Imports were up 4.3% to reach $219.4 billion. The trade deficit widened by 69.12% to $49.9 billion last year.

Turkish exports in 2019 were around $180.8 billion while imports totaled $210.3 billion.

Depending on the pandemic, Pekcan said Turkey is optimistic about achieving the export target of $184 billion this year.

Additional supports to be extended

The minister particularly stressed that support for digital marketing activities would be further enhanced in the coming period as well as efforts to boost e-exports, focusing on target countries and export-friendly incentives this year.

Pekcan emphasized they would be maintaining focus on the 17 target countries and five target sectors that were named in the Export Master Plan, announced in 2019.

These countries include the U.S., Brazil, China, Ethiopia, Morocco, South Africa, South Korea, India, Iraq, the U.K., Japan, Kenya, Malaysia, Mexico, Uzbekistan, Russia and Chile. More than 25% of Turkish exports have been going to these markets.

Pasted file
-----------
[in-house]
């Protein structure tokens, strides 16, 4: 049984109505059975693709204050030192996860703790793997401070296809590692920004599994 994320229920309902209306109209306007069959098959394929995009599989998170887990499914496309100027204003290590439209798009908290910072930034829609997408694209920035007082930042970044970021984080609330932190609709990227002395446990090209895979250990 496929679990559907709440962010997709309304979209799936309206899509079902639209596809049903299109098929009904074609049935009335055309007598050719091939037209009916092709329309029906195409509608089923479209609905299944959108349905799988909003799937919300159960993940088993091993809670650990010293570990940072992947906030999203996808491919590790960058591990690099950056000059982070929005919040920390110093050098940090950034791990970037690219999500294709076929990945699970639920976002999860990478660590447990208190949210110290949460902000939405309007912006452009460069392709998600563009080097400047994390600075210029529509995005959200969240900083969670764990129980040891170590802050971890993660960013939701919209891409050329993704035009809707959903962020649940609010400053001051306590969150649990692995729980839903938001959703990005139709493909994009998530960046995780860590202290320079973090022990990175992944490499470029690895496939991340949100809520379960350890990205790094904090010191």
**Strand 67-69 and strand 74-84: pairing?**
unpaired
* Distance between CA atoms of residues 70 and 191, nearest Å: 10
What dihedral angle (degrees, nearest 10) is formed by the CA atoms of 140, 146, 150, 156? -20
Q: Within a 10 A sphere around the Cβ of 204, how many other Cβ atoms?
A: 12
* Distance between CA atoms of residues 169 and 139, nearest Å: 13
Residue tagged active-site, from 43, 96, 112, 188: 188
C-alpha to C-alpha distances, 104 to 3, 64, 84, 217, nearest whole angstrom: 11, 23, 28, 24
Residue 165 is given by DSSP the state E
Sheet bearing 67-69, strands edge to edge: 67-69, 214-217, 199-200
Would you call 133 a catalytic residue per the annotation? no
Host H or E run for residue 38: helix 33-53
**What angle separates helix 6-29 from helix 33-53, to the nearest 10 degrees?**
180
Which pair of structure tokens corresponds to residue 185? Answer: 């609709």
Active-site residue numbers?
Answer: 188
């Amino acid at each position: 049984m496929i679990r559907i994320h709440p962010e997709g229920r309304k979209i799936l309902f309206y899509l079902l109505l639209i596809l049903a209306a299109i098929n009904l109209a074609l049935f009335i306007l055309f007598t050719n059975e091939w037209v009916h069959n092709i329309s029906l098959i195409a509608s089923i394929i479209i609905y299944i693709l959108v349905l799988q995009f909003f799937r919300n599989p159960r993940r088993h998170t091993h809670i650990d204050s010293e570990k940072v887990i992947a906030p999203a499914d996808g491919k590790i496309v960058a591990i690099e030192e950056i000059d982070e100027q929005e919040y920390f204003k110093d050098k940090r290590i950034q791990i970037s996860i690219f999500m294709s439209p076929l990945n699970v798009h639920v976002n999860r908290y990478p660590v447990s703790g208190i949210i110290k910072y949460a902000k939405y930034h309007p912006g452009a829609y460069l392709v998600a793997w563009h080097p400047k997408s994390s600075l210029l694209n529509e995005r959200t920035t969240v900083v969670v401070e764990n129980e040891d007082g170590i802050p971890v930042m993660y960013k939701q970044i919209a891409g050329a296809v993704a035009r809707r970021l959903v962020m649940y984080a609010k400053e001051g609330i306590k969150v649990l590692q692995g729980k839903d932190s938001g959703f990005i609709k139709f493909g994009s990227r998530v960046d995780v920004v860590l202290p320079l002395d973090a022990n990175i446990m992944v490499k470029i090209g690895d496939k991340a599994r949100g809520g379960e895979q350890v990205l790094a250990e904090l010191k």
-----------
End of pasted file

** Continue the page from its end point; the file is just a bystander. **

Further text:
The five target sectors included machinery, automotive, electric-electronic, chemical and the food industry.

Pekcan said exporters would be extended additional support related to these markets.

She also stated that the Türk Eximbank provided financing – both loans and insurance – worth $45.6 billion in 2020, up 3.6% from the previous year.

Automotive champion again

Also addressing the meeting, Ismail Gulle, head of the Turkish Exporters’ Assembly (TIM), said the jewelry, air conditioning and fresh fruits and vegetable sectors posted the strongest performance last month.

The automotive industry was again the export champion among sectors with sales worth $2.3 billion in the month, followed by chemical products with $1.7 billion and ready-made garments and apparel worth $1.5 billion, he added.

Gülle said exports of what he said were COVID-19 goods surged 22% to $34.8 million.

Germany top market

Germany, the EU’s largest economy, was the country that received the most of Turkish goods last month with $1.5 billion. It was followed by the U.S. with $933 million, Italy with $864 million, the U.K. with $814 million and France with $737 million.

Exports to the EU, the country’s largest market, were up to $6.5 billion, corresponding to 42.9% of the overall sales in the month.